Happy Wednesday!

I just realized that in less than two weeks I’ll be heading to Kuwait. This means we’re celebrating Christmas with my family early. Meaning less time to post a weekend roundup (and blog in general). So, surprise! It’s a mid-week roundup treat.

Enjoy!

khatib1) Hey, did you hear the one about the halal horse?

Well it took 1,000 years, but academics have finally proven that Muslims are funny. PhD candidate and Arabic translator Emily Selove pretty much has the best job in the world — writing her dissertation on The Art of Party Crashing by revered medieval Iraqi scholar al-Khatib al-Baghdadi (1002–1071):

This book, which contains flirtation, profanity, and even a little drunkenness, is a lot of fun and offers a rather different perspective to the austere image Islam has from that period. The reality is that the Baghdad of 1,000 years ago was actually rather Bohemian — it wasn’t perfect by any means — but not the violent and repressive society you might imagine it was.

Wait, so Muslims ARE a wildly diverse group of “bohemian“-esque jokers and Islam isn’t that austere. Imagine that!

(I’m really hoping that last bit was just a not-so-clever-media-sound-bite. Why would anyone randomly imagine Baghdad as having a violent and repressive society? Because anything remotely medieval is inherently violent and repressive? À la Game of Thrones? Is it a social commentary on Islam? A social commentary on modern Iraq? An allusion to the annoyingly ubiquitous literary trope of a violent Arab society oppressing sexually repressed-but-oh-so-sexy-harem-women??)

Maybe I’ll just take a leaf out of al-Khatib al-Baghdadi’s book, “every serious minded person needs to take a break” and leave it at that.

baris2) Paris Hilton caused quite the stir last month when she opened her new store in Mecca, Saudi Arabia. Her fifth store in the Kingdom, the now (in)famous Baaris Hiltoon Handbags & Accessories joins the likes of ALDO, Children’s Place, The Gap, MANGO, Gingersnaps, The Body Shop, ZARA, and *gasp* Etam Lingerie at Makkah Mall.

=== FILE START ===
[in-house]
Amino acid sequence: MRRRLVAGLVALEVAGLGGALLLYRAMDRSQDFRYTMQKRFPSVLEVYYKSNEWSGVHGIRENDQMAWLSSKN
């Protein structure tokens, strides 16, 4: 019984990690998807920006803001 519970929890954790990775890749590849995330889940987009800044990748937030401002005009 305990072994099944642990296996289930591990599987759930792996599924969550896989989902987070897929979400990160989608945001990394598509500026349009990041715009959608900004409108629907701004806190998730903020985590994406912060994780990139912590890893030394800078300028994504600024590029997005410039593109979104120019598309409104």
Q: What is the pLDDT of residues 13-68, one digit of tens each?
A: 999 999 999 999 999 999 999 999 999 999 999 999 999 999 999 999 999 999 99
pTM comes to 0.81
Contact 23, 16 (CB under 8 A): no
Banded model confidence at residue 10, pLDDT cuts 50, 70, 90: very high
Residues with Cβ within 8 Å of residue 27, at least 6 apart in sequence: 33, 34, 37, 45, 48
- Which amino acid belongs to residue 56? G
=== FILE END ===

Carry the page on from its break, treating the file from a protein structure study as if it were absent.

While not exactly selling the party lifestyle, alcohol, or risqué clothing items, people nevertheless took offense at the fact that THE Paris Hilton, and everything her name represents, is in the Holiest of cities — and that her presence is more proof of the current Los Vegasization of Mecca.

Check out CNN’s roundup of the reaction, Omid Safi’s rundown of the destruction of Islamic historical sites for malls and latrines, and Michael Muhammad Knight’s gritty and honest welcome to Paris:

My problem is when people frame their opposition to the present Saudi version of Mecca as a call to restore a more just past, a return to an imaginary innocence that Mecca had supposedly lost in the 20th century. I’m sorry, but that innocence has never existed. Apart from the Ka’ba, Mecca is just another city. The people of Mecca – the pilgrims, the authorities, and the regular folks who just live there – have never been anything other than people. Whatever rottenness you can find elsewhere in the world exists in Mecca, and it’s not a Wahhabi invention. It has been there since long before Islam and throughout Islam’s history: unjust power, poverty, greed, racism, sexism, intolerance. Paris Hilton doesn’t bring anything new to the place.

3) So, are you mom enough?

The fabulous Tasnim over at Muslimah Media Watch takes a new look at Muslim mommy Wars, and the oft-repeated, only-status-for-women-in-Islam, holy grail of femininity: “paradise is under the feet of mothers.”

The problem I find is that often discussions about the representations of mothers in Islam get caught up in the familiar argument about whether this overwhelming reverence for the mother is potentially empowering or reductive essentialism. What about women who are not mothers? It’s a legitimate and important question. Another question that might be asked is what happens when this Islamic narrative of revered motherhood collides with the pervasive narrative of the Bad Mother?

She goes on to brilliantly explore Bad mother labels, Bad Muslim Child syndrome and that while there is the potential to reduce the status of women only to motherhood, it’s still important to acknowledge the spiritual mythology of motherhood in Islam.

This really is a beautiful and touching post. Go read it!

©Napie Moksin

©Napie Moksin

4) Hijab rapid-fire:

  • Shaomin Chew writes about her week-long hijab tourism experience for the Harvard Crimson — an experience that left her feeling more demure, feminine and taught her more about herself than Islam. The comments are quick to point out exotifying Muslims by playing dress-up just isn’t cool.
  • Leila Ahmed wins the Grawemeyer Award for her book, A Quiet Revolution: The Veil’s Resurgence, from the Middle East to America. She is the first female Muslim scholar to receive the prestigious award. To the tune of $100,000 smackers!

5) Finally, this looks promising! The Other Half of Tomorrow paints a modern, complex and diverse Pakistan as seen through the perspectives of Pakistani women working for change. You can learn more about the project here.

The Other Half of Tomorrow – Teaser from Sadia Shepard on Vimeo.

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